Tag Archives: ventilation on demand

Howden, Agnico Eagle Fosterville to complete Oz mining first with Ventsim CONTROL VoD installation

Howden says it has secured a contract for the upgrade of an existent licence of its Ventsim™ CONTROL ventilation system at the Agnico Eagle-owned Fosterville Gold Mine in Victoria, Australia.

The initial installation of Ventsim CONTROL Level 3 (scheduling and flow control) has already greatly improved the operability and flexibility of the ventilation system, as well as providing efficiency to pay for itself in just six months, Howden claims. Now, in a first for the Australian mining sector, the mine tracking system will be integrated to Ventsim CONTROL Level 4. This will provide real-time feedback on the vehicle locations in Ventsim CONTROL to adjust the ventilation automatically based on demand.

Camille Levy, President of the Asia Pacific Region at Howden, said: “This next stage contract for Fosterville mine is significant for Australian mining and the Howden Ventsim team as it represents the first Ventsim CONTROL Level 4 system that has been commissioned remotely as well as a first in APAC. The success of the operation and the level of power it saves serve as a test case for further installations of Ventsim CONTROL globally. The fact that the system paid for itself within six months is impressive.

“As the system allows the mine to optimise its ventilation based on fully remote vehicle and personnel monitoring, it directly contributes to Australia’s 2030 emissions reduction targets – something of which the Howden team is very proud.”

Level 4 – Ventilation on Demand (VoD) is the process of adjusting mine air flow in real time based on vehicle and personnel position. Ventsim CONTROL provides an ‘on demand’ solution for mine ventilation. Software connected to hardware devices remotely monitors, controls and automates airflow. The technology provides safer ventilation that is more productive and cost effective, according to the company. The Ventsim CONTROL solution also offers a 3D modelling capability within the software, which helps users to better predict and control air flows based on what is evidenced in the simulation.

Howden recently announced its target to be carbon net zero by 2035 through the purchase of renewable energy and carbon-free energy; efficiency gains from energy conservation measures; and by renewable energy projects at its manufacturing facilities. The largest impact the business will have on global sustainability will be through its partnership with customers to supply equipment that will make a major impact on their carbon emissions and sustainability, it says.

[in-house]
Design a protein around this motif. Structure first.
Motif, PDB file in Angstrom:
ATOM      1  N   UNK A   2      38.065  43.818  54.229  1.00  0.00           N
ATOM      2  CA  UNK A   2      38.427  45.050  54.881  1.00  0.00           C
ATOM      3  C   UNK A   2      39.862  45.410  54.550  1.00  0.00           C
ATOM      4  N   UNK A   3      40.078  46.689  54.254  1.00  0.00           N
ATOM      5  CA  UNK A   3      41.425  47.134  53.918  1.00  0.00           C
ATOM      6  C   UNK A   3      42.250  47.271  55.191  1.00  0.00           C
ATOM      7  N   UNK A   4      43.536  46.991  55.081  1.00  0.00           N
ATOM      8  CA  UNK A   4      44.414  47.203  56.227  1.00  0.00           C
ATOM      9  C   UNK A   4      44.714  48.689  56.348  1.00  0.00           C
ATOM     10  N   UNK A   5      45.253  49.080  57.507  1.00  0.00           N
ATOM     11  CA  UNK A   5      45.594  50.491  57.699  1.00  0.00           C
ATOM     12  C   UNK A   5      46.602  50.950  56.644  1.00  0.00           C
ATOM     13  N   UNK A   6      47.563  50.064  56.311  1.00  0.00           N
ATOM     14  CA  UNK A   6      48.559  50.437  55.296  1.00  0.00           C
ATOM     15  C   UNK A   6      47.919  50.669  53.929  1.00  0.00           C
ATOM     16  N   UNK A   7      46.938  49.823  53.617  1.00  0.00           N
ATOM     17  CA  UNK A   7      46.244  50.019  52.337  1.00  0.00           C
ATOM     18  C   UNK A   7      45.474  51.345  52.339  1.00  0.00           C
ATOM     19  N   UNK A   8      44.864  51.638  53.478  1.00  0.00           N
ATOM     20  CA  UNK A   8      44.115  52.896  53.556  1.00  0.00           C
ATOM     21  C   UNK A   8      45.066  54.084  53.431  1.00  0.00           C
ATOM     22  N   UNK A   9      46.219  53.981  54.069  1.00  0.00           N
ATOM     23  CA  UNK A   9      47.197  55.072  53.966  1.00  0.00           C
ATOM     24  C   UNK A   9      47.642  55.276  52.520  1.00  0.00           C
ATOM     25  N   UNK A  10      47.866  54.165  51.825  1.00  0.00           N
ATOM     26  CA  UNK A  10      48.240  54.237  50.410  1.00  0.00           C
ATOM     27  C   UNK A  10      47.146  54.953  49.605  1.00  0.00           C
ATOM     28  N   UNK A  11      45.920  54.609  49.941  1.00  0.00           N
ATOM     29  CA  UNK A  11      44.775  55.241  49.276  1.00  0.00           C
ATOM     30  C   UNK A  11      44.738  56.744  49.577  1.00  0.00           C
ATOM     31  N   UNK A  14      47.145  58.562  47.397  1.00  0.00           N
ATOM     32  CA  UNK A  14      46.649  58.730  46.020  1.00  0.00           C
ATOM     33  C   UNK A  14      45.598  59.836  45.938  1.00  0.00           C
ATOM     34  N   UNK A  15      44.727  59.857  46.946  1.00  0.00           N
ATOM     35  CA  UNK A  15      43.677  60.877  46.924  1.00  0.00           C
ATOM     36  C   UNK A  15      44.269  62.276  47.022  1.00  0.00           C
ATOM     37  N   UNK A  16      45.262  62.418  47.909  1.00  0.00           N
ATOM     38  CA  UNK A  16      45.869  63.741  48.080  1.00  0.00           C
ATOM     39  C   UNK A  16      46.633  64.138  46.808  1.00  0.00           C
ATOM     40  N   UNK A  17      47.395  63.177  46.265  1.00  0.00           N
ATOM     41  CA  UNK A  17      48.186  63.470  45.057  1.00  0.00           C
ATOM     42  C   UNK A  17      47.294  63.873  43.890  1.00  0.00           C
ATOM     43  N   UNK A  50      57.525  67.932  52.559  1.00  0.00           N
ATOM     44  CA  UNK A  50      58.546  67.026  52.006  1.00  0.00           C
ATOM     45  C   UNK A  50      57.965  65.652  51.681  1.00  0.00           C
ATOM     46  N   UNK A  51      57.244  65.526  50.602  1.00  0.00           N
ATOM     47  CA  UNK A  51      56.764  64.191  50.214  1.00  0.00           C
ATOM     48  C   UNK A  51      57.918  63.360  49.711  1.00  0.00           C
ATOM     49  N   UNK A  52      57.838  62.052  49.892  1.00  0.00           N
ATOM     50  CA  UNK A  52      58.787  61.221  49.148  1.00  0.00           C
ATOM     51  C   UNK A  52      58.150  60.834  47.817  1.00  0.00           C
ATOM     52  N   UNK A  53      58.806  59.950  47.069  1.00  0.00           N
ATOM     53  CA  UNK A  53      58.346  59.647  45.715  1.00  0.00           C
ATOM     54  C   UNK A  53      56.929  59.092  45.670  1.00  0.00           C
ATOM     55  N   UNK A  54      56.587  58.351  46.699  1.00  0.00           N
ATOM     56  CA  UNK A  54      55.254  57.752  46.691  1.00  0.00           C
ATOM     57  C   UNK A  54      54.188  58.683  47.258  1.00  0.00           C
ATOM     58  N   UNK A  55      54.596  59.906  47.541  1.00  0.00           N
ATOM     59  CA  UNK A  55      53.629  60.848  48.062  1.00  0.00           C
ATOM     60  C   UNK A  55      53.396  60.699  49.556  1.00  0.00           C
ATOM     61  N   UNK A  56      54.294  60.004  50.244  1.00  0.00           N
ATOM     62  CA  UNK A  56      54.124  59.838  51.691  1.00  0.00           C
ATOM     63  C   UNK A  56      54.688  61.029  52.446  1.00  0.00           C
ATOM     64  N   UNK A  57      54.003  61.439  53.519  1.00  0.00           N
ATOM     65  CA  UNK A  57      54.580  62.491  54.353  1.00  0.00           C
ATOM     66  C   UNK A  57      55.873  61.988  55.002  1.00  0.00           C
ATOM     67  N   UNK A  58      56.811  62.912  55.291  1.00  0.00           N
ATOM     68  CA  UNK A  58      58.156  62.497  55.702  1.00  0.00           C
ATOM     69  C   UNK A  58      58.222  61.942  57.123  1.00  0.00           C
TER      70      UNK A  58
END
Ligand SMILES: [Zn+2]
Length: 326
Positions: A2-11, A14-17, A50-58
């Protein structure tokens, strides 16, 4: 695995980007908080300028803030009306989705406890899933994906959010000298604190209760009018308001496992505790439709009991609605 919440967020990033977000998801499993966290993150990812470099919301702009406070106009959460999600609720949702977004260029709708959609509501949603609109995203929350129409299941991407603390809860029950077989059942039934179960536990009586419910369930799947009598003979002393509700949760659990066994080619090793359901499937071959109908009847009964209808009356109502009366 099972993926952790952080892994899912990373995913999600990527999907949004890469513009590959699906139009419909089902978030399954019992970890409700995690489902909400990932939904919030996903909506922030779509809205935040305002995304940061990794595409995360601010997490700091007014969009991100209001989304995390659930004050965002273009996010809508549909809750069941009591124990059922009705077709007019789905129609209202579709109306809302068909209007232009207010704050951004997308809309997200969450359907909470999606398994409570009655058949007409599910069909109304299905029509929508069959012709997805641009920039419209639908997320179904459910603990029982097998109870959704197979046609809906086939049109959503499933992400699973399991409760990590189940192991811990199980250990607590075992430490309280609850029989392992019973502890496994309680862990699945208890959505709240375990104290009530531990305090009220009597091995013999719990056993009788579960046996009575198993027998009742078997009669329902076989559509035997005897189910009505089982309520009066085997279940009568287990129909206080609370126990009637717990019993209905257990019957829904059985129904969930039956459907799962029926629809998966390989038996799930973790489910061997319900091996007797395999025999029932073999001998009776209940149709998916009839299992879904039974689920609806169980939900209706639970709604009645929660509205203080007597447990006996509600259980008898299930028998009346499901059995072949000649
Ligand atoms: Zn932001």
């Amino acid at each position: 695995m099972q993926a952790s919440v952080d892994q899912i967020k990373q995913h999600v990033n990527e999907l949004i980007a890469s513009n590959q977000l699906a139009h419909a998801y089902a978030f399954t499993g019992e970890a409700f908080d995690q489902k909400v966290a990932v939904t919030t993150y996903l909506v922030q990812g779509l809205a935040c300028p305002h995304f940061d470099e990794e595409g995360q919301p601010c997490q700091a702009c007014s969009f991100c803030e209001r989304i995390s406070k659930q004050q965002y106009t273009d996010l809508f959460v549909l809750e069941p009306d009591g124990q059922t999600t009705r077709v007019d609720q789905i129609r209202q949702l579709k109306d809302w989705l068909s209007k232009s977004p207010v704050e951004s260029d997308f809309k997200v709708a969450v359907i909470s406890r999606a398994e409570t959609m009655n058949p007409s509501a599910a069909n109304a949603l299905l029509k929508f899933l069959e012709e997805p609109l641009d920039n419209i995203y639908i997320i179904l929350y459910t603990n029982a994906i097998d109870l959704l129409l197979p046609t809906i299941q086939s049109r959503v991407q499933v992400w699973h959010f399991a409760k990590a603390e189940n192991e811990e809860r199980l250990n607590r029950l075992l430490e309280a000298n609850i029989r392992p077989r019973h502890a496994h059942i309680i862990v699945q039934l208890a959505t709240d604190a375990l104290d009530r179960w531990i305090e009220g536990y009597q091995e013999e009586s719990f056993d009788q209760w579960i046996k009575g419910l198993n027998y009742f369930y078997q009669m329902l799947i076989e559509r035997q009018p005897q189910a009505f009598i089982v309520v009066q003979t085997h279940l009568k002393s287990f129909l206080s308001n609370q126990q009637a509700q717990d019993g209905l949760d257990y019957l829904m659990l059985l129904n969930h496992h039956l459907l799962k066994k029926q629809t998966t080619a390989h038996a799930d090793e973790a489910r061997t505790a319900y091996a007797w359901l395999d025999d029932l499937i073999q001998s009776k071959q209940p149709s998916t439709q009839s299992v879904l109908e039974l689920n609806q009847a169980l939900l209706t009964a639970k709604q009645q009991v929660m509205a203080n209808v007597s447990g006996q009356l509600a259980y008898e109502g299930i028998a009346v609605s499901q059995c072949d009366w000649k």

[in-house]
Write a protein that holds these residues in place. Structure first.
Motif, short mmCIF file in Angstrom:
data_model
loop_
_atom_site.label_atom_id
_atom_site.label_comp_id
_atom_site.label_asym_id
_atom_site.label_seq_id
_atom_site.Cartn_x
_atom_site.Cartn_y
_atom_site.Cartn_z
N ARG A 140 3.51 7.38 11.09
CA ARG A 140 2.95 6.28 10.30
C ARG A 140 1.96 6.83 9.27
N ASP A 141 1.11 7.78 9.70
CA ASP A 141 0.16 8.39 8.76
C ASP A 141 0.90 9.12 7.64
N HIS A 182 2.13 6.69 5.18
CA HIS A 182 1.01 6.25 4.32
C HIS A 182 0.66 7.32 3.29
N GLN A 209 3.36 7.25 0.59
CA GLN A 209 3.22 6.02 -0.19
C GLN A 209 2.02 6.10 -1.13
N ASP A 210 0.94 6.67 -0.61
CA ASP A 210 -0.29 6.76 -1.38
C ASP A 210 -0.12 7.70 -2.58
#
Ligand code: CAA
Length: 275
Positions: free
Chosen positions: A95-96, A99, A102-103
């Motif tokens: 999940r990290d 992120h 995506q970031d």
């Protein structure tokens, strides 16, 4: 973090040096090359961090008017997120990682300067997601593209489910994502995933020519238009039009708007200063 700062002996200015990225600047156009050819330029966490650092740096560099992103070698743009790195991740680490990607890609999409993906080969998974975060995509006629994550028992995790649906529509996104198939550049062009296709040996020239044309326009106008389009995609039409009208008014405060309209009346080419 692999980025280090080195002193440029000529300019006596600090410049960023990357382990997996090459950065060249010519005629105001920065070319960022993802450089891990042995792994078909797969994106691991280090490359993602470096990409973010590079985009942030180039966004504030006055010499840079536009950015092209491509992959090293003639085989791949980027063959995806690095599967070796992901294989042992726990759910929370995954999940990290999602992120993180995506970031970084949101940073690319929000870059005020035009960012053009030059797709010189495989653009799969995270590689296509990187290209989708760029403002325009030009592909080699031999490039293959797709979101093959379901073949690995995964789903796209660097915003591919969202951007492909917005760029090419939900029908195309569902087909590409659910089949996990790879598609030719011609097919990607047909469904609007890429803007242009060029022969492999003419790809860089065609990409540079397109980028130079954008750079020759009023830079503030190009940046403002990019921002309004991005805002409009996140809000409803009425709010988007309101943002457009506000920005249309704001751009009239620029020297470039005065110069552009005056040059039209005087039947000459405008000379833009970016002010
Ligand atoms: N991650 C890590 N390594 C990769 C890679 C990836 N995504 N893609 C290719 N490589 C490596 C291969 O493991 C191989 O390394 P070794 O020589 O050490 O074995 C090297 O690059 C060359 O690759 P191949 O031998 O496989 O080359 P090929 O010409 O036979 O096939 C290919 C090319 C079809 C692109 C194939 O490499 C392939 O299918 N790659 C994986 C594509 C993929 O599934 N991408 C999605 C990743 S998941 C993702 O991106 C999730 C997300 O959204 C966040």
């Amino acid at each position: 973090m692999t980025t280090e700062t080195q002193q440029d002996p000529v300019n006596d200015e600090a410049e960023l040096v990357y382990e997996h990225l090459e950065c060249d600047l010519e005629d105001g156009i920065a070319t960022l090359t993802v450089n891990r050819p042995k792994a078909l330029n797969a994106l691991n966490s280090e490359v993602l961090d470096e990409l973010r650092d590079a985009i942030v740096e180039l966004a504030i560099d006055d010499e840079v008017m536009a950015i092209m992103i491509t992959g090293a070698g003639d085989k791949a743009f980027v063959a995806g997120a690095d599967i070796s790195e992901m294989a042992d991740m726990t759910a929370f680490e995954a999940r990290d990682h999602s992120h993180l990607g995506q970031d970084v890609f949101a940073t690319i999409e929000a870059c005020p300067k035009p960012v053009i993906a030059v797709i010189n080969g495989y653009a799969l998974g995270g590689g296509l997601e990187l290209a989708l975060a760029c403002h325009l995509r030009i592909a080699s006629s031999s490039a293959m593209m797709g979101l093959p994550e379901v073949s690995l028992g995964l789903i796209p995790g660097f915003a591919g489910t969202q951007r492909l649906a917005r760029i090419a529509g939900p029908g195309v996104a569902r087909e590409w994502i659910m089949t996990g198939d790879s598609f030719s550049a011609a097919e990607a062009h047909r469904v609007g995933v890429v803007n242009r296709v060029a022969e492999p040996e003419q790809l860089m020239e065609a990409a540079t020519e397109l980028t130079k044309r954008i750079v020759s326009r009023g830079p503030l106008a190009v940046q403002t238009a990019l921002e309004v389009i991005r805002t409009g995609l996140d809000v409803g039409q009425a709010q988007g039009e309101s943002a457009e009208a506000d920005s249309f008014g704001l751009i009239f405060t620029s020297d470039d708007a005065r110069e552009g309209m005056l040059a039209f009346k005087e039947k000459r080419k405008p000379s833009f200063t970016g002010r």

In 2020, Fosterville produced a record 640,467 oz of gold at an average grade of 33.9 g/t Au and average recoveries of 98.9%.

Howden tapping into South African deep mining experience

Mines are getting deeper with every year that passes – 30 m deeper, if industry reports are correct.

With increased depth, comes increased ventilation and cooling needs, a fact Howden knows well from its experience of working with the deepest mines in South Africa.

Originally founded in 1854 by James Howden in Scotland as a marine engineering firm, Howden made an entry into South Africa in the 1950s seeking to cater to the demands of the mining and power industries. By the 1960s, it was helping equip the country’s deep gold mines with all the ventilation and cooling products they needed to extract ore safely and productively from kilometres below surface.

“Initially mines used only ventilation as a method of cooling, but, as mining depth increased, mechanical refrigeration was required to counteract the increasing heat loads in mines,” Theuns Wasserman: Team Leader – Howden SA’s Mine Cooling and Compressor Division, told IM.

This saw many deep gold mines in South Africa install Freon™ centrifugal chillers above and below ground to provide the necessary cooling for personnel and machines underground.

While an improvement on the status quo, the heat rejection system for underground machines proved problematic, with the machines’ cooling capacity limited by the temperature and amount of reject air available, according to Wasserman. At the same time, the water quality of the mines resulted in high fouling on the piping shell and tube heat exchangers employed on these early centrifugal chillers.

This resulted in the machines being limited to cooled water temperatures of 6-8°C, he said.

To rectify this, mines started to pump chilled air from surface to underground. While this boosted cooling capacity, the required infrastructure took up space in the shaft and the process was both energy- and opex-intensive.

Battling these issues, mines looked to maximise the amount of cooled air that was sent underground via chilled water plants.

This led Howden to introduce ammonia-based screw chillers into South African mines, which were initially employed in series after the existing surface centrifugal chillers. This enabled a step change in the amount of cooling that could be transported to these deep underground gold mines, bringing the average water temperature sent from surface down from 6-8°C, to 1°C. Mines were able to use the same shaft pipe infrastructure, which many of them had in place, while drastically increasing the amount of cooling sent to deep levels.

Some 20 years after their introduction, Howden, as a leading market player in the space, developed the WRV 510 – a large block screw compressor with a 510 mm rotor. This was, at the time, one of the largest screw compressors on the market, which suited the module sizes of the chillers required for refrigerating these deep South African mines.